By backing up your cryptocurrency savings with borrower notes, you get it backed by a regulated security that has an originator accountable for the risk scoring, underwriting, and everything regulatory agencies require. You have servicers that are accountable for making sure that the loan is current, collected, and up to date, and you have the Credium Foundation that is also accountable that both the originator and the servicer are compliant and functioning in order.

You have a pegged cryptocurrency that is backed by a regulated security accountable to parties to make sure that the funds are backed up, plus, it pays you a return. You get interest for locking up those funds in a fixed income savings instrument.

The other upside is that you have a secondary market so if you want to liquidate it you can sell those tokens to somebody else.

The third advantage is that you don’t have concentration risk. We are onboarding as many originators as possible. If one of them fails, only those invested in that specific originator will get hit, but the market will be resilient because there are so many other originators involved.

How much more of the market share can be acquired once you set up a secondary market?

With a secondary market, online lending can go from 10% to at least 50% of the market over the next 5 years. Blockchain technology will enable people to transact using tokenized securities. There are no intermediaries to trading them.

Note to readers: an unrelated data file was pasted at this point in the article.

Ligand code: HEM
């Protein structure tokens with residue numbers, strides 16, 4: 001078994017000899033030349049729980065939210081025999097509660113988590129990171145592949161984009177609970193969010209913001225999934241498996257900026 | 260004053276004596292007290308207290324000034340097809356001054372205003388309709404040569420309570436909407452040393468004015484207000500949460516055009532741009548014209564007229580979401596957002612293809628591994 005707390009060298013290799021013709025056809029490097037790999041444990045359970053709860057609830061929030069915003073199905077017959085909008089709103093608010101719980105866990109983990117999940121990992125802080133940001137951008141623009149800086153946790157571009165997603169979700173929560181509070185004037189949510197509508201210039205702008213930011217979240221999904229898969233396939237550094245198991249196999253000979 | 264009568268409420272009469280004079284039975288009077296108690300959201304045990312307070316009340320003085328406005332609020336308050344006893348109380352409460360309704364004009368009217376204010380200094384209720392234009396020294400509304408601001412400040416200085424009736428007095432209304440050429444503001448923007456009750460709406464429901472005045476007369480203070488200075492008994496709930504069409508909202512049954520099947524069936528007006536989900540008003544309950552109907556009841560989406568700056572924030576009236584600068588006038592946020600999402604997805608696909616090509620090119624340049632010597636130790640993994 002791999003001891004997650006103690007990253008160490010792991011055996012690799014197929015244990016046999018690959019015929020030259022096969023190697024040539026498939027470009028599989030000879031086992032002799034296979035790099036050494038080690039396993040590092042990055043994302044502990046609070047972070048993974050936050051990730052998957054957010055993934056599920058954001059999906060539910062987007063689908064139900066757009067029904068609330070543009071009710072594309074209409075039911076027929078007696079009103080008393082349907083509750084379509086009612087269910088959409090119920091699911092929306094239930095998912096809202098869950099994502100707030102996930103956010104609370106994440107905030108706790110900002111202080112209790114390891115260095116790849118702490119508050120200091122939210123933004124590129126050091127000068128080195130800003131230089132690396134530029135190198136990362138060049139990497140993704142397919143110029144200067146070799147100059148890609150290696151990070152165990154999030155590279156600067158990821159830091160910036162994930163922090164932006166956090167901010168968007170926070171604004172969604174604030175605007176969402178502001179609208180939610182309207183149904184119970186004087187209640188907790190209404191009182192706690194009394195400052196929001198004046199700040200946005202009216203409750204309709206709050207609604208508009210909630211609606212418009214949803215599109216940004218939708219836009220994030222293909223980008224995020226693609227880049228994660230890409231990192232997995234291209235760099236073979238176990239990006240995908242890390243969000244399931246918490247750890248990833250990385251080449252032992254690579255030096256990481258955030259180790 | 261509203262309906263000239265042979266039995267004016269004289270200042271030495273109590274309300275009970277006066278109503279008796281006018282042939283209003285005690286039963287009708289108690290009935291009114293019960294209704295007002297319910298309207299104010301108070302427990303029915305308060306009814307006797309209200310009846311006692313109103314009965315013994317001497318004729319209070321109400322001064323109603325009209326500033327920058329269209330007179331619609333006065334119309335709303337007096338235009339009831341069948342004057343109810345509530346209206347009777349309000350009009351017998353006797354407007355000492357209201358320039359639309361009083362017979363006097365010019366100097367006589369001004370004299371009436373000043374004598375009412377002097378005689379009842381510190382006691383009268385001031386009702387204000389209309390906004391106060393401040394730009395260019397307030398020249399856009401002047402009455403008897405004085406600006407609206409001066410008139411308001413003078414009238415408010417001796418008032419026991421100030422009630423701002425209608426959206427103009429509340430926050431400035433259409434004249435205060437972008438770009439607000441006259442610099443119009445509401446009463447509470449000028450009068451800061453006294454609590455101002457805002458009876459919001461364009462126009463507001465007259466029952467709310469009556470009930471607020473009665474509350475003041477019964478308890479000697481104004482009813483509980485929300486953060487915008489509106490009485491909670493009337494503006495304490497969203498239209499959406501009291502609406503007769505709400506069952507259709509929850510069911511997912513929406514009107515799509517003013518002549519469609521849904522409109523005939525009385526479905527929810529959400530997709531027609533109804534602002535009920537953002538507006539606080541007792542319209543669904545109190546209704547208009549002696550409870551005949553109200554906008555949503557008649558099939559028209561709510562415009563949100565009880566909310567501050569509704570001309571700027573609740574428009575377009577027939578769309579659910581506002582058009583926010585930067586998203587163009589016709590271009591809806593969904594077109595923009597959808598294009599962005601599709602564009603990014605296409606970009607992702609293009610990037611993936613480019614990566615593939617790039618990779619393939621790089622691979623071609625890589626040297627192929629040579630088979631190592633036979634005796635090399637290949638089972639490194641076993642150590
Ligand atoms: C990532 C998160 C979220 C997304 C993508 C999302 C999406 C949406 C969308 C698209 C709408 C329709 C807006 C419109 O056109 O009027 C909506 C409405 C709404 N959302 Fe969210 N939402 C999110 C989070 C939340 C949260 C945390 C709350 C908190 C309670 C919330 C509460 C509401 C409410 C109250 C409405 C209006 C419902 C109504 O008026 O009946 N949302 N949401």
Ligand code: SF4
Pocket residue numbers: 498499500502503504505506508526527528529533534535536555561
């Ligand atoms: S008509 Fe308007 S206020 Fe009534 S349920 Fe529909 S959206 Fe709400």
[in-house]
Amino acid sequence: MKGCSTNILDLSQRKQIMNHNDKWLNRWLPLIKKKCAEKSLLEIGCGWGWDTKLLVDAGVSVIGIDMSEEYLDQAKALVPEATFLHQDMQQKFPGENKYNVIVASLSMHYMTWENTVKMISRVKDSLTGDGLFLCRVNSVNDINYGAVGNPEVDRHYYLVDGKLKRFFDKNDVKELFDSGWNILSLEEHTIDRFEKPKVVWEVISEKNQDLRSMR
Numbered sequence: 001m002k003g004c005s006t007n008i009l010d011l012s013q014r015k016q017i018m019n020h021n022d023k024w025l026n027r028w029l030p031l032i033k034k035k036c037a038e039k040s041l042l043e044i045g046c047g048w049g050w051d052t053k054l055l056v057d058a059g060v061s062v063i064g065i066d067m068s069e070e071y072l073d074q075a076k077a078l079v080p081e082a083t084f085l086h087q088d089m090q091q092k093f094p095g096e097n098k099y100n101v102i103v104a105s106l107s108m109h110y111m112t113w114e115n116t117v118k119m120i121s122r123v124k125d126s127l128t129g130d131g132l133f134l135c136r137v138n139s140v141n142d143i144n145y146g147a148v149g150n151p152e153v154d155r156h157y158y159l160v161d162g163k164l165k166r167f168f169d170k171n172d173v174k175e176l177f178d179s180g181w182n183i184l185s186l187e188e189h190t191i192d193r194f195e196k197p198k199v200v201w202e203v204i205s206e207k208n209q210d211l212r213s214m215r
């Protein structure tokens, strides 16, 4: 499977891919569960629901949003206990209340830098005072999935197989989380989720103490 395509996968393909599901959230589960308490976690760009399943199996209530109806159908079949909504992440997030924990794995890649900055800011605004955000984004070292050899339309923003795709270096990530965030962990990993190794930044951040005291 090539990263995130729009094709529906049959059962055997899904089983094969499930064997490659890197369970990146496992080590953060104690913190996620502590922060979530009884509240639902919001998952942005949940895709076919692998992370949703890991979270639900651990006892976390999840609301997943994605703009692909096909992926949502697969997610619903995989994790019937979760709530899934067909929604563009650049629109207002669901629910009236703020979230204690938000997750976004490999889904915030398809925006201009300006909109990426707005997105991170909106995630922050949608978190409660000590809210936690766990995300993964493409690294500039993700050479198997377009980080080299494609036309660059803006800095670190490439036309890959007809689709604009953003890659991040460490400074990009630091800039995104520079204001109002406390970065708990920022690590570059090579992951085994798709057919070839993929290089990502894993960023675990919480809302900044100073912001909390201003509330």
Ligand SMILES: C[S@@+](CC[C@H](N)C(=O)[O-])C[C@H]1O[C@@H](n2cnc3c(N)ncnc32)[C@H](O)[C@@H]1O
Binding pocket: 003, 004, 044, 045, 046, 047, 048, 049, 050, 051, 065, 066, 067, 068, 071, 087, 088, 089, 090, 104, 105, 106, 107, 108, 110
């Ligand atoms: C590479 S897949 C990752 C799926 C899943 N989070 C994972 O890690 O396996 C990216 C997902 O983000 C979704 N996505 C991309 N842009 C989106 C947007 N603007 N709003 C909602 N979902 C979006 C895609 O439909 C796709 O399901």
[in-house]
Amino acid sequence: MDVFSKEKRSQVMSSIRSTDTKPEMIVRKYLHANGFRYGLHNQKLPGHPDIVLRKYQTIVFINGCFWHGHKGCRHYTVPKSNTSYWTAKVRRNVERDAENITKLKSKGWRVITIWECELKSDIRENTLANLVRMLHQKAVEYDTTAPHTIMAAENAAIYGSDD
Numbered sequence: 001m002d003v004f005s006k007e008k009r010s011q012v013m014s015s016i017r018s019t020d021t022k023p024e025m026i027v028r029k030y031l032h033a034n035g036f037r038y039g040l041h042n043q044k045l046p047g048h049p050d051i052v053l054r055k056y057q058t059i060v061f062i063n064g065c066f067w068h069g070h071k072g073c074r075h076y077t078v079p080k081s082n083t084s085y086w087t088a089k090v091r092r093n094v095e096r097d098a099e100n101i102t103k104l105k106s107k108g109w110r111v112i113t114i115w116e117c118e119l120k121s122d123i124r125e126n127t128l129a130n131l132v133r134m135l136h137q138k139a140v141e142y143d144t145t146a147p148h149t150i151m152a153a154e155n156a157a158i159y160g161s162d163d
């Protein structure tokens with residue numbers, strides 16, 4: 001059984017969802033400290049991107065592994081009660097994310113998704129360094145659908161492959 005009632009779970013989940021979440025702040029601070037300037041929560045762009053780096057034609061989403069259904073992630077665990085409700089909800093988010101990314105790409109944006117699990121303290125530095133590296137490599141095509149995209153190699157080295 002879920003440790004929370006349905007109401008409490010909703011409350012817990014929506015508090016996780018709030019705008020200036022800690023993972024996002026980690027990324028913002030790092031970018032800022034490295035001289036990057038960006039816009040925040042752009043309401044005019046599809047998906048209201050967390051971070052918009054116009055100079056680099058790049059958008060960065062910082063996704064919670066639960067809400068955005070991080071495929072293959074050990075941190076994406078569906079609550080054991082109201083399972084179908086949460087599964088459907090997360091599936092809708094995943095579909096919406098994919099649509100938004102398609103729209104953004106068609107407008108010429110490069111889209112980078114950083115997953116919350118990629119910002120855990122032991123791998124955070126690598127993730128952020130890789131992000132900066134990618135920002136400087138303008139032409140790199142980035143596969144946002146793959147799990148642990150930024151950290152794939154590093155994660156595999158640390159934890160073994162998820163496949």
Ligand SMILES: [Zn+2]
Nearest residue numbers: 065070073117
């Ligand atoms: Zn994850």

That’s your goal?

The Credium Foundation has two arms. It has a protocol development, developing standardized risk pricing, decentralized exchange of borrower notes, pegged currencies to back those notes, that’s the protocol.

Then there is Creduim Foundation which we are calling the Alternative Lenders Alliance to participate in building the marketplace inventory, designing the product themselves – the fixed income securities that they are issuing today but as digital tokens, and working with regulators to ensure that the regulatory framework matches the requirements.

Blockchain delivers regulators on a silver platter all the information they can ever hope for. A decentralized marketplace will enable regulators to have full transparency and immediate access to all information exchanged at all times.

So, you are saying that Blockchain can add at least another half a trillion dollars to the online lending industry in the next 5 years?



George Popescu
Allen Taylor